Yes I have used my rat shack meter and the subs crossover is maxed out. I just think the room is my problem.
 

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Quote:
Originally Posted by bluer101 /forum/post/0


I got home early and have been playing around abit before the wire gets home.
I adjusted my Denon reciever to LFE + Main and set my fronts to large. Thne set the phase switch to 180 on both. It sounds alot better now. Movies sound good, but my music has not much bass.

Keep the Denon at LFE + Main and change the fronts to small. That might help with the music issue.
 

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Originally Posted by spunky721 /forum/post/0


Keep the Denon at LFE + Main and change the fronts to small. That might help with the music issue.

On my 3805, that's impossible. LFE+Main can only be used with the mains as Large. Once you set them to small, you lose the lfe+mains option.
 

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Quote:
Originally Posted by spunky721 /forum/post/0


Keep the Denon at LFE + Main and change the fronts to small.

As already stated, that's not possible. That setting is for when you have your fronts set to LARGE and you want additional bass, that wouldn't normally be sent there with LARGE fronts, sent to the sub. Without that LFE+Main setting, only LFE is sent to the sub when LARGE fronts are used.


Now, setting the speakers to SMALL will send that same bass to the sub, it just won't be redundant with what is being sent to the fronts, as when using the LFE+Main setting with LARGE fronts.
 

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Quote:
Originally Posted by bluer101 /forum/post/0


I adjusted my Denon reciever to LFE + Main and set my fronts to large.

Why?


Why would you set your speakers to LARGE and use the LFE+Main setting to get rid of subwoofer nulls or to improve your subwoofers' performance?


The LFE+Main setting sends redundant bass that would normally only go to the LARGE fronts, to the subwoofers, as well. So, if you do this, exactly the same bass signal (that is, LFE + bass below your crossover setting) will be sent to your subs as would be if you simply set your speakers to SMALL.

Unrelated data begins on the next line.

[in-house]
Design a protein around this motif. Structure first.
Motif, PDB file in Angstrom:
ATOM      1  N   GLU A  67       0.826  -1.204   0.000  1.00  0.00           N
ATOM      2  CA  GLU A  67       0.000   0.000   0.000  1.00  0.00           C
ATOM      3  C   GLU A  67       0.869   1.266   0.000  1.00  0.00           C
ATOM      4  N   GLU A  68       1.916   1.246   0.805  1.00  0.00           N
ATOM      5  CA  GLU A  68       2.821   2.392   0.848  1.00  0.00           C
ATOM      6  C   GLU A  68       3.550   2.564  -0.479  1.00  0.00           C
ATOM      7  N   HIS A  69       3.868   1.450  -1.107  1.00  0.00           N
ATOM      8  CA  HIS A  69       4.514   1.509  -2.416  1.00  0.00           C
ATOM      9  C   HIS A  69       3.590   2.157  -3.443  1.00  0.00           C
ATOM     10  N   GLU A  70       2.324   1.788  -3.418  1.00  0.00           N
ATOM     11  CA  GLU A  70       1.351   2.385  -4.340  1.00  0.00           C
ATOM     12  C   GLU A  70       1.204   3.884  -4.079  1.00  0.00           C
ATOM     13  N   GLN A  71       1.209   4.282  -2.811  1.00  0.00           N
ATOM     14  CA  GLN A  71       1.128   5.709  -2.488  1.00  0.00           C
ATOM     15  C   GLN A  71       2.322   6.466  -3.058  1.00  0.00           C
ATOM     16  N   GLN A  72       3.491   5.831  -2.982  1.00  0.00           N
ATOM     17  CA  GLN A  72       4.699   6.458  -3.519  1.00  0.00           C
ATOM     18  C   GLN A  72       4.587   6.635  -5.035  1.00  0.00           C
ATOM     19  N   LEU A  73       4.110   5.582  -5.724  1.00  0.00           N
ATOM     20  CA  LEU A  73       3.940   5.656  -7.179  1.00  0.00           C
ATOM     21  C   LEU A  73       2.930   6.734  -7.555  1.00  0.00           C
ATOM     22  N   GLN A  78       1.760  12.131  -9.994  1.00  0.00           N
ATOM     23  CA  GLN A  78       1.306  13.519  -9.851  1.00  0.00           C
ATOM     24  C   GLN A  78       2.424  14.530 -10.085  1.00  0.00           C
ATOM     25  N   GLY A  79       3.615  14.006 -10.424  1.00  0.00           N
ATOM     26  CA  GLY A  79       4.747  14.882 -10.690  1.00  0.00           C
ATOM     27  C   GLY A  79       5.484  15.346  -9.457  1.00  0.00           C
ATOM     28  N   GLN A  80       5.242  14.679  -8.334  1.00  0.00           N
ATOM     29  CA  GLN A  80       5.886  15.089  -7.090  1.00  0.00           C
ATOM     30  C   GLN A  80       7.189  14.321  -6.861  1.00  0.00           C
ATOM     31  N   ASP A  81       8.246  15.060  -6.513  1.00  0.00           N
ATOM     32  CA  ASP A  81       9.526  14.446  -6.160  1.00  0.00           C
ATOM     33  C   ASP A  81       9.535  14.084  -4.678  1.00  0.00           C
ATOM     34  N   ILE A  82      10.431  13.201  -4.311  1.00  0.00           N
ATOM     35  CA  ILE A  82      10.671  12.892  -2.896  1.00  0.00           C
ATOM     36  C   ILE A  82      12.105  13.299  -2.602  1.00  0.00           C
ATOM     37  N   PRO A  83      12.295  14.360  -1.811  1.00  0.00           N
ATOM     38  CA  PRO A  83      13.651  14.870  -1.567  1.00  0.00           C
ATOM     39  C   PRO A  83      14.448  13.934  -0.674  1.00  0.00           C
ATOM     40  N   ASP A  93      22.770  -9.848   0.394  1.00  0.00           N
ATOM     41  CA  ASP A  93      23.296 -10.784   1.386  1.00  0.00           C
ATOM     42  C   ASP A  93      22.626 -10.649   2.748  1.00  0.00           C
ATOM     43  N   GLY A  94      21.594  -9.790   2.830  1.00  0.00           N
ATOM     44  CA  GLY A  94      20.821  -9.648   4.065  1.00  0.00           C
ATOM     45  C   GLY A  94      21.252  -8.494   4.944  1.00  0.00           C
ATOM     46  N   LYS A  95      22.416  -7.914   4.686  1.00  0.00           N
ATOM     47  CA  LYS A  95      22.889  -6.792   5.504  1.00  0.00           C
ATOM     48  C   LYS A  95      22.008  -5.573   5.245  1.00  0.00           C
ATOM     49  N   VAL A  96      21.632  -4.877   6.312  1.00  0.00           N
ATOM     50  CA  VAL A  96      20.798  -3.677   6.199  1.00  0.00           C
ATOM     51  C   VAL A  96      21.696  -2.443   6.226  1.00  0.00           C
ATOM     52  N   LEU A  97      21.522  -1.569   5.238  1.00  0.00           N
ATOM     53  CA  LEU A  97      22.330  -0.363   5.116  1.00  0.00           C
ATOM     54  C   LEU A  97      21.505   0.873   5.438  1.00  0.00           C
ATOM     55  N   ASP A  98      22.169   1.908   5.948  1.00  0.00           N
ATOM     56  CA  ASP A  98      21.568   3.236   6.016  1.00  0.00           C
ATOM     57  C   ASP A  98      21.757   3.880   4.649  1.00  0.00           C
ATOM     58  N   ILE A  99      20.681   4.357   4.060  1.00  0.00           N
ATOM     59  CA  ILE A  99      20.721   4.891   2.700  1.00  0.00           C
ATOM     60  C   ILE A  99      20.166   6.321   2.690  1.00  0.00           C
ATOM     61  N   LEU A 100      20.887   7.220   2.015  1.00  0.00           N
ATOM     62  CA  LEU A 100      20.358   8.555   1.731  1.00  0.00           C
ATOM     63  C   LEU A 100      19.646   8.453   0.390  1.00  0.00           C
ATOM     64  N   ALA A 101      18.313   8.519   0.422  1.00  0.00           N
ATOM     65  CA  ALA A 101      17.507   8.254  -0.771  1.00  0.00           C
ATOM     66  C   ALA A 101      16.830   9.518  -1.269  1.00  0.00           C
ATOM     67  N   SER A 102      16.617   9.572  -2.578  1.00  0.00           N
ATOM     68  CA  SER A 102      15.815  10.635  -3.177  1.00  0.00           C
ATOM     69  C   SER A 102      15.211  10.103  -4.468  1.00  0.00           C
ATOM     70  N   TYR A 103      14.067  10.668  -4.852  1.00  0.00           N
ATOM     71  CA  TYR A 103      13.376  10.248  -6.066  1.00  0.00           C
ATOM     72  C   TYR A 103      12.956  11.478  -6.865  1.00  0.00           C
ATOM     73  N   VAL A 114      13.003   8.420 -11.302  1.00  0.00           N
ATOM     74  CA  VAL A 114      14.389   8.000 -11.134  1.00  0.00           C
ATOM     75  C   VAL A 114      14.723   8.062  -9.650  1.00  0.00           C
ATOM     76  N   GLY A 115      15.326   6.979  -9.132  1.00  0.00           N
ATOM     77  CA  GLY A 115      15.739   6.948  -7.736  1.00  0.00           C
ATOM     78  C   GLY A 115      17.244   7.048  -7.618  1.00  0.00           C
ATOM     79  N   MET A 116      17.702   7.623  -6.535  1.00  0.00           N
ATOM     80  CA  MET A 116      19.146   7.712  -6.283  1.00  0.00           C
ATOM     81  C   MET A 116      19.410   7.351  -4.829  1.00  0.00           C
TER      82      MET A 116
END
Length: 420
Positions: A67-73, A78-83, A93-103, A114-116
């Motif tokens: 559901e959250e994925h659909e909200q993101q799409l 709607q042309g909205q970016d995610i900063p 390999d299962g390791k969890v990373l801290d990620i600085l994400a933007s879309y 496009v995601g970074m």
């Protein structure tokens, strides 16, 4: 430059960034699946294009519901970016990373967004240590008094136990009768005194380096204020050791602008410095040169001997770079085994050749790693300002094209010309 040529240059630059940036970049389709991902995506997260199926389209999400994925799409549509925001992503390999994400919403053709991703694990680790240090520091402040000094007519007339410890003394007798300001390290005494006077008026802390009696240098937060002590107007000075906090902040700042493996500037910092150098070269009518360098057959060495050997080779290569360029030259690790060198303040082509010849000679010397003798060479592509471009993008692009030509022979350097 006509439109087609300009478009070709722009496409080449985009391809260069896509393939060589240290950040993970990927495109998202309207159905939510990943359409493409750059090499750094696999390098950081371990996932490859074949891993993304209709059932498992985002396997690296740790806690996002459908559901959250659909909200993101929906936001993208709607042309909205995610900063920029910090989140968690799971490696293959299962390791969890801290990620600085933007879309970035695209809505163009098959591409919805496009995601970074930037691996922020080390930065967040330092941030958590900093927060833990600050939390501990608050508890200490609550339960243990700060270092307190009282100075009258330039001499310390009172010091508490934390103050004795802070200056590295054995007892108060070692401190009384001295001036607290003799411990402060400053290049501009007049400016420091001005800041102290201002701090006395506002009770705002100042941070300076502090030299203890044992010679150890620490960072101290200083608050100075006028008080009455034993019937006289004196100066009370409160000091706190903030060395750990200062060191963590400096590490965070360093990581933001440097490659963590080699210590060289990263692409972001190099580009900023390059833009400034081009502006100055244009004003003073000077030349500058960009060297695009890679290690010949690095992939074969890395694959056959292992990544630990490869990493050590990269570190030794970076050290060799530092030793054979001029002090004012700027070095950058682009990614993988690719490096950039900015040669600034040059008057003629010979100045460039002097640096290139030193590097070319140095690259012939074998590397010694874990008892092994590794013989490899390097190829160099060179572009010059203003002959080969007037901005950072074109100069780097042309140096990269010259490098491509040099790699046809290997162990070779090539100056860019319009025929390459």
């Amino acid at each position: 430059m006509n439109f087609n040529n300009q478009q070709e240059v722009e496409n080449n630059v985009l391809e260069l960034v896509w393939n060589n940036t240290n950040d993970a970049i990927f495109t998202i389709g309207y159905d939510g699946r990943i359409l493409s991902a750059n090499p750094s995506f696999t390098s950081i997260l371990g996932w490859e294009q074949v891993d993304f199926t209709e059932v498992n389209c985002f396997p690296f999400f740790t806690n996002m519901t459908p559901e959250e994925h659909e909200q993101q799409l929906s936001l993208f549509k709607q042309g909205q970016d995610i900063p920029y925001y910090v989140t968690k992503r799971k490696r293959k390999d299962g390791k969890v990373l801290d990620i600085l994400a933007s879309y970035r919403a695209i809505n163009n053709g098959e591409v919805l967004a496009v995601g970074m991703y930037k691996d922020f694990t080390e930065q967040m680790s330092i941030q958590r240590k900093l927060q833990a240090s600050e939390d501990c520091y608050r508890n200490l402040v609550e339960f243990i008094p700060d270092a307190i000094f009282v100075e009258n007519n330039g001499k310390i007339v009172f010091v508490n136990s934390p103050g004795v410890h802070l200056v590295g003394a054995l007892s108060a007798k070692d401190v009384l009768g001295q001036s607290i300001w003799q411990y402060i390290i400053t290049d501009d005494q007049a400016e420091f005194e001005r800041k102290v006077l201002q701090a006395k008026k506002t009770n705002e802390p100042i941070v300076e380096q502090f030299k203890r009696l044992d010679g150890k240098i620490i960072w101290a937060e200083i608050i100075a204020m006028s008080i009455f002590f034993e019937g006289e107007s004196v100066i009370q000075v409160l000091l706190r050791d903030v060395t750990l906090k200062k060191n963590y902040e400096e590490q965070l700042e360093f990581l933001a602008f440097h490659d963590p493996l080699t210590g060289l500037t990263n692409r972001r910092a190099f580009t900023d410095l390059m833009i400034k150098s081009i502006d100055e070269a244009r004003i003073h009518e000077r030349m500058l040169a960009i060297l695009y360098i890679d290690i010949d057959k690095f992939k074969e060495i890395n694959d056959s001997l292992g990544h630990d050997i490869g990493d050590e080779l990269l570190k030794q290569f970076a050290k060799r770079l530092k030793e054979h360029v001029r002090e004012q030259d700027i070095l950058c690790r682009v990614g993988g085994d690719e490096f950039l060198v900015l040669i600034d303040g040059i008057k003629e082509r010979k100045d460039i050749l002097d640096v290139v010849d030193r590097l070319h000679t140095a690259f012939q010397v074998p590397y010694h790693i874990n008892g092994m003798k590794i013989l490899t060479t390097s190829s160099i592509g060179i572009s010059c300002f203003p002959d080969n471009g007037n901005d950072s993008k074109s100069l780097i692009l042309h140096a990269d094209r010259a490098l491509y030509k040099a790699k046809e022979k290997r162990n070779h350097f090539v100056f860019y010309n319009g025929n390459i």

With your setup, you should run your fronts as SMALL. They're more suited to be run as SMALL. Using the LFE+Main setting with LARGE fronts only augments, via the subwoofer(s), the bass (not LFE) that is sent to your front L+R speakers. The front speakers still receive the same information, LFE+Main or not. That setting does nothing to the LFE and the subwoofer(s) still receives the same exact information that it would receive if you ran the speakers as SMALL. So that setting only increases the amount of front L+R channel bass, not "subwoofer bass".


Make sense?


Have you tried switching your subs' and front speakers' positions so that your subs are in front of the speakers and out further into the room? Corners are usually good for subs, but they shouldn't be smushed all the way into the corners.
 

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If it were me, I'd set the mains to small such that any bass below 80hz (music or LFE) goes to the subs. I'd also experiment with placement and phase, particularly moving one sub to nearfield as another poster suggested. It sounds like you were used to the bass in your old location when you were seated close to the wall. Seated in the middle of the room generally yields very weak bass, which is a common room issue. Bass traps will definitely help with this.


Have you considered an EQ as well, such as a Velodyne SMS-1? EQ won't do anything about a null(s), but you likely also have peaks in your response as well.